Every dog is unique in terms of personality and life experiences. A puppy with age between 6 and 8 months should not be left only for more than 2 hours, while an adult with age from 18 months cannot be left alone at home for more than 6-8 hours a day.

In the case of a teen Sheltie between 6 and 18 months of age and an elderly dog between 7 and 10 years old, it can’t be left alone for more than 4 hours. 

If you have multiple family members, you can leave your dog with one of them while you go to work or school. Similarly, you can enlist the services of a neighbor to look after your Sheltie while you are away. However, this is not recommended if you work every day. 

It’s crucial to remember that Shelties are often bored creatures, and if we leave them alone, they’ll cause havoc in the house. If these dogs are left alone and are not entertained through activities or training, they may grow frustrated and destructive. 

Provide to your dog exercise and daily games to prevent it from developing destructive behaviors and getting bored. You can do it yourself or ask someone from your family to do it. 

What If I Leave My Sheltie Alone for a Long Time?

Assume you’ve already been letting your Sheltie alone for too long. In that situation, you’ll almost certainly want to discover a way to prevent the following problems: 

Sheltie Isolation Distress

That is caused to a lack of human or animal companionship. When no one is around, they get anxious and stressed. When compared to separation anxiety, it is a less dangerous disorder. However, it will have a significant impact on your Sheltie’s mental health.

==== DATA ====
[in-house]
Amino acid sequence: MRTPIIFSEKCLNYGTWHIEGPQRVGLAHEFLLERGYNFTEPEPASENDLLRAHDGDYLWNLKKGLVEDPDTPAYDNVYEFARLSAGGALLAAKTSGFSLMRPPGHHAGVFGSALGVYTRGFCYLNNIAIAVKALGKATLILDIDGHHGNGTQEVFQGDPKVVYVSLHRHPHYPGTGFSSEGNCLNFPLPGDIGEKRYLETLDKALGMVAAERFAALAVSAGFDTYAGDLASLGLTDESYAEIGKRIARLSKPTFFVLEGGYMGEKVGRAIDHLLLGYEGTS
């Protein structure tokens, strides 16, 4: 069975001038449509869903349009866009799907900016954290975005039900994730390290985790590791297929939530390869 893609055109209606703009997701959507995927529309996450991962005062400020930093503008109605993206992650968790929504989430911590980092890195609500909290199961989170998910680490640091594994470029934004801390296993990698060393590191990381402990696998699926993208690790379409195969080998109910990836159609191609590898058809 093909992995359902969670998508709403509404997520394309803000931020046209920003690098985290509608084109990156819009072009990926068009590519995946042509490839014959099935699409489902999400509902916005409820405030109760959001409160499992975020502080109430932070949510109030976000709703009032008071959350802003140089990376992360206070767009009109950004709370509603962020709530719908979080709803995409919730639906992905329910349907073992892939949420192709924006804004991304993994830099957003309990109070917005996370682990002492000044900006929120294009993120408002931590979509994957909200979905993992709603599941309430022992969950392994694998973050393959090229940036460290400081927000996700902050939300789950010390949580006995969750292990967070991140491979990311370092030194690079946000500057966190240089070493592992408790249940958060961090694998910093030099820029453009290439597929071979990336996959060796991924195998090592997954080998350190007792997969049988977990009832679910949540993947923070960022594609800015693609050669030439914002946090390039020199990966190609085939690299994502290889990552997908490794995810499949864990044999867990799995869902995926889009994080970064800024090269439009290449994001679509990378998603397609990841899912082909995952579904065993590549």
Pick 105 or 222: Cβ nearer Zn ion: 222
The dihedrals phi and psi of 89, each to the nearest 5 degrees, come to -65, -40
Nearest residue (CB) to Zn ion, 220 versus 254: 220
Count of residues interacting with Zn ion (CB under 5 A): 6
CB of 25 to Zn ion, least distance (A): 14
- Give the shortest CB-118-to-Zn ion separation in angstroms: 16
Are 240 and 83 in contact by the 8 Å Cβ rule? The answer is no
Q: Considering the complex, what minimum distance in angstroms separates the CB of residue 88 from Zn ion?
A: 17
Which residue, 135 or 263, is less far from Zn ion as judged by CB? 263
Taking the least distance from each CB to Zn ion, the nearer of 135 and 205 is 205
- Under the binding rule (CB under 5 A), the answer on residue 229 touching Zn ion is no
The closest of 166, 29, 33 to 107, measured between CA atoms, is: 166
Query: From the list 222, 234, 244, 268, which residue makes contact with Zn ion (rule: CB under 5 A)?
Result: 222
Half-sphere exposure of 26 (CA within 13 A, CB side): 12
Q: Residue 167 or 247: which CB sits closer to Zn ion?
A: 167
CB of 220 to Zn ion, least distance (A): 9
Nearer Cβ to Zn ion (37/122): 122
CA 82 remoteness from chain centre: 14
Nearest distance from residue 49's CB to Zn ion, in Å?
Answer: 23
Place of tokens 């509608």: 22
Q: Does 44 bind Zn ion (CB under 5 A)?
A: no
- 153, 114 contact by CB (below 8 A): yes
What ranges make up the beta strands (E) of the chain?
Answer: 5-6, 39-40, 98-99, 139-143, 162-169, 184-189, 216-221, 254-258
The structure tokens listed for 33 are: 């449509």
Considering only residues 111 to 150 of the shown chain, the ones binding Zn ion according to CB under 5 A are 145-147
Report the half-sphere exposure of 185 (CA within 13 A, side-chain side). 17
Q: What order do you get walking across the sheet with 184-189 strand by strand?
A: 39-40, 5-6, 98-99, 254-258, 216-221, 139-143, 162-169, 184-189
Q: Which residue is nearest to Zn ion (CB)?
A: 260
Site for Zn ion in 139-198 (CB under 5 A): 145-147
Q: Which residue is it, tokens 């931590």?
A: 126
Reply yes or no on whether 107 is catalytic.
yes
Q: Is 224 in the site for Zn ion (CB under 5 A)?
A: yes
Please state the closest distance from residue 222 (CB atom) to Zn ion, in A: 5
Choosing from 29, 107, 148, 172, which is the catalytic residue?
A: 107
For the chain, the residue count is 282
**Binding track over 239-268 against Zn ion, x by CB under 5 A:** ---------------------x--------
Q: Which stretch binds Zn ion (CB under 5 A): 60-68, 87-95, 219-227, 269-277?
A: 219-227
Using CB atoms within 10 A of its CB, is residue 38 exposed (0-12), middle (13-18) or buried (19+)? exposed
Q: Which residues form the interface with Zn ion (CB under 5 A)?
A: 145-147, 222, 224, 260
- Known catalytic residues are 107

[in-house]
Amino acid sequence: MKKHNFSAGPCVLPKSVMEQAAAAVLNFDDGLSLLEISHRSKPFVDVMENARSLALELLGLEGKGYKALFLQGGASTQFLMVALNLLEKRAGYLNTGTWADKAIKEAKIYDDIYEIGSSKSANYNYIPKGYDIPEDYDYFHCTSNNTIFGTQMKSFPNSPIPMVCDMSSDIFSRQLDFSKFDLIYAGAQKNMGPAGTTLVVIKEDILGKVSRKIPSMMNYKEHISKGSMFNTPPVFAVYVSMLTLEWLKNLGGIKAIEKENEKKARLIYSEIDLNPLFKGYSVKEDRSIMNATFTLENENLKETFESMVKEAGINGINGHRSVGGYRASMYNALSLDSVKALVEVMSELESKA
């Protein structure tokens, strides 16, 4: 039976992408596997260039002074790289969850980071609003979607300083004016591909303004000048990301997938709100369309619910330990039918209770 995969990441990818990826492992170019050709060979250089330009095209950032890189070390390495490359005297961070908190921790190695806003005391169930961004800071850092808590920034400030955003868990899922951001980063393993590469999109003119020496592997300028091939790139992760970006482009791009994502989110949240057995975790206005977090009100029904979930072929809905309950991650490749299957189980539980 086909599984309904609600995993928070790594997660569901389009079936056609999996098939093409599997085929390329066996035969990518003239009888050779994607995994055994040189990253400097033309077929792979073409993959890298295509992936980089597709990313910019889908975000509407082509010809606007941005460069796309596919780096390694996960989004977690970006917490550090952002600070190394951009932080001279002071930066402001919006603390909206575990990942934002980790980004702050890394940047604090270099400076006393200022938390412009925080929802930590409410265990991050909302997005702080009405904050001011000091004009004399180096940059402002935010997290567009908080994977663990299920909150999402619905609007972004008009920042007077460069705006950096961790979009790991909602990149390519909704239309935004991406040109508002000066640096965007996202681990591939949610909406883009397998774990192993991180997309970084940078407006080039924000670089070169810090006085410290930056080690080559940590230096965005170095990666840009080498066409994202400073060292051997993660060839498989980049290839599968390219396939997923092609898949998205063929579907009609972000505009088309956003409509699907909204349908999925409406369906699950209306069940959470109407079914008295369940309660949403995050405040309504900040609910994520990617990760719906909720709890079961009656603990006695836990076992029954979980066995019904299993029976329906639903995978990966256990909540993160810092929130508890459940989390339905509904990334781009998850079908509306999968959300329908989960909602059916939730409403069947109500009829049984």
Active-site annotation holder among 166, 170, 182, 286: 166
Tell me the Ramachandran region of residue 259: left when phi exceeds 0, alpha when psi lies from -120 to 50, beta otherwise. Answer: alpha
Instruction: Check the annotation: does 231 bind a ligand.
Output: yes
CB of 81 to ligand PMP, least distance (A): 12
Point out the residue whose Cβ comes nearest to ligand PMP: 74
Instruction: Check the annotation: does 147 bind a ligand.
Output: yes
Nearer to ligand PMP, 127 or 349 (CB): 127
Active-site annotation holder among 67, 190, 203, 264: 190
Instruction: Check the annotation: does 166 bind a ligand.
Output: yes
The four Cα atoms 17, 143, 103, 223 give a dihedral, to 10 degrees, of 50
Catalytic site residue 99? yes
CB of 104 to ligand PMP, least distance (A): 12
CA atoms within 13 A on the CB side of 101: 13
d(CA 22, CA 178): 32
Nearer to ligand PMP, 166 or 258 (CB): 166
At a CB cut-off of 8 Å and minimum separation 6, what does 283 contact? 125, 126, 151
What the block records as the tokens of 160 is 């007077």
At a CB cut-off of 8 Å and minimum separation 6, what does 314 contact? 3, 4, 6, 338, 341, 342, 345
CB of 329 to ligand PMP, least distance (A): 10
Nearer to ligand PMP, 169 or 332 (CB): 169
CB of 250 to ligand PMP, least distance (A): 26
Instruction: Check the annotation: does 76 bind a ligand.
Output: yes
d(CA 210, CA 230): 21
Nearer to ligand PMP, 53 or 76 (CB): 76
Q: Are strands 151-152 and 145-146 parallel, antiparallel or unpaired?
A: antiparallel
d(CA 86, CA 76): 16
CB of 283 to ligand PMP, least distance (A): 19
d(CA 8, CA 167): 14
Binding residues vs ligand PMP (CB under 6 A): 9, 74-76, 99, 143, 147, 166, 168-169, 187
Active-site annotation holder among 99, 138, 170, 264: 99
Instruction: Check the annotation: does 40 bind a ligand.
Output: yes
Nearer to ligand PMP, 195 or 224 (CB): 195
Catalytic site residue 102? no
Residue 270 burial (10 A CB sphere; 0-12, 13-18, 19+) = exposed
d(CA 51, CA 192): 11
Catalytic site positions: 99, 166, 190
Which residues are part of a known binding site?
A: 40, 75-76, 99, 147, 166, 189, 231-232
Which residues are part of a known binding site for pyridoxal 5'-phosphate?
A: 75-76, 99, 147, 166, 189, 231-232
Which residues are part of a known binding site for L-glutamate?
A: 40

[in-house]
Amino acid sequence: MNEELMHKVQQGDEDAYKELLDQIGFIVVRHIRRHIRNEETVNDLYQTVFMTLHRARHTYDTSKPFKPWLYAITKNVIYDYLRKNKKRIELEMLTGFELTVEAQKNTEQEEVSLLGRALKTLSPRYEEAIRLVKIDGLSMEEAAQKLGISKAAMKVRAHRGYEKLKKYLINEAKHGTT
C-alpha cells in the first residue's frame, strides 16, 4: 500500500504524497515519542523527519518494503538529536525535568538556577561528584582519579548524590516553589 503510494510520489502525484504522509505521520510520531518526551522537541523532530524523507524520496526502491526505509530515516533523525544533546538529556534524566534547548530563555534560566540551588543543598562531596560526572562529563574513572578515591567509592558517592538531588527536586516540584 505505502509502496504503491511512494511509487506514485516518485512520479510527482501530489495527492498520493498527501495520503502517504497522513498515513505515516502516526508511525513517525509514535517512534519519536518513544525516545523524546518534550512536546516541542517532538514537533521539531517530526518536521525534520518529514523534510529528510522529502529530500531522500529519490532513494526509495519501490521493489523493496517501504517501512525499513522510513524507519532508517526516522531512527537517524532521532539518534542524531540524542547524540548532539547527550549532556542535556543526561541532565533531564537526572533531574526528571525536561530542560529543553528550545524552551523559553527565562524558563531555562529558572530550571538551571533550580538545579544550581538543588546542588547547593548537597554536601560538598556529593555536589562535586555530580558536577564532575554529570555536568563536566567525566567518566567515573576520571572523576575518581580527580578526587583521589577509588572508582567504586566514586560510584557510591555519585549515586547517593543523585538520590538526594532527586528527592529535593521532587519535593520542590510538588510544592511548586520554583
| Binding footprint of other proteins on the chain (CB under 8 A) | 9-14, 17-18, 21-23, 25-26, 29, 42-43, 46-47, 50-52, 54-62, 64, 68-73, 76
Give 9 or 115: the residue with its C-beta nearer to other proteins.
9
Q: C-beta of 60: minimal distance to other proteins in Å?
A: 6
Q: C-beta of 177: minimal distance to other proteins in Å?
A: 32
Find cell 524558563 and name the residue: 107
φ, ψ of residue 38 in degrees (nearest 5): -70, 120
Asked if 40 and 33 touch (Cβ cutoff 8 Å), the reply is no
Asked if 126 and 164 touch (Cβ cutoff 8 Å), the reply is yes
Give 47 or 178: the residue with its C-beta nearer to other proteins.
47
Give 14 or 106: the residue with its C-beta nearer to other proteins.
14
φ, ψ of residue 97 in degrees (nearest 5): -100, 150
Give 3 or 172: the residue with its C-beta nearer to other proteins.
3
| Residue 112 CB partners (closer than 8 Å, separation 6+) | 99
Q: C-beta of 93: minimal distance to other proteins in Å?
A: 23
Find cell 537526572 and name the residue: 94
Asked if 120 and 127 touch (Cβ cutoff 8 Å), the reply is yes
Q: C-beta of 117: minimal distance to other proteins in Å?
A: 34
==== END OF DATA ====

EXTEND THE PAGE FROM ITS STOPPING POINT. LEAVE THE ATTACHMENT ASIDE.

Sheltie Destructive Behavior

This behavior is most common in dogs who suffer from separation anxiety. As previously said, Shelties may suffer from this disorder, which causes them to feel sad or angry when left home alone for extended hours, depending on their disposition. 

If bored and not given activities, games, or training, some Shelties may develop destructive behaviors. Simply said, some dogs of this breed require and enjoy mental and physical stimulation. 

Sheltie Annoying Sounds

This type of pet has its own distinct personality. Some dogs are more relaxed than others. In any case, if you leave your Sheltie alone at home for an extended period of time, it is likely to begin barking loudly.

This circumstance will upset or annoy your neighbors, which could be a major issue. This canine might also make noises by howling or growling. 

Sheltie Erratic Behavior When It Sees You

Your Sheltie may be overjoyed to see you after so many hours of waiting, causing it to act erratically. Your pet may begin to jump on you in search of attention, which can be aggravating. 

Sheltie Urine and Feces Accidents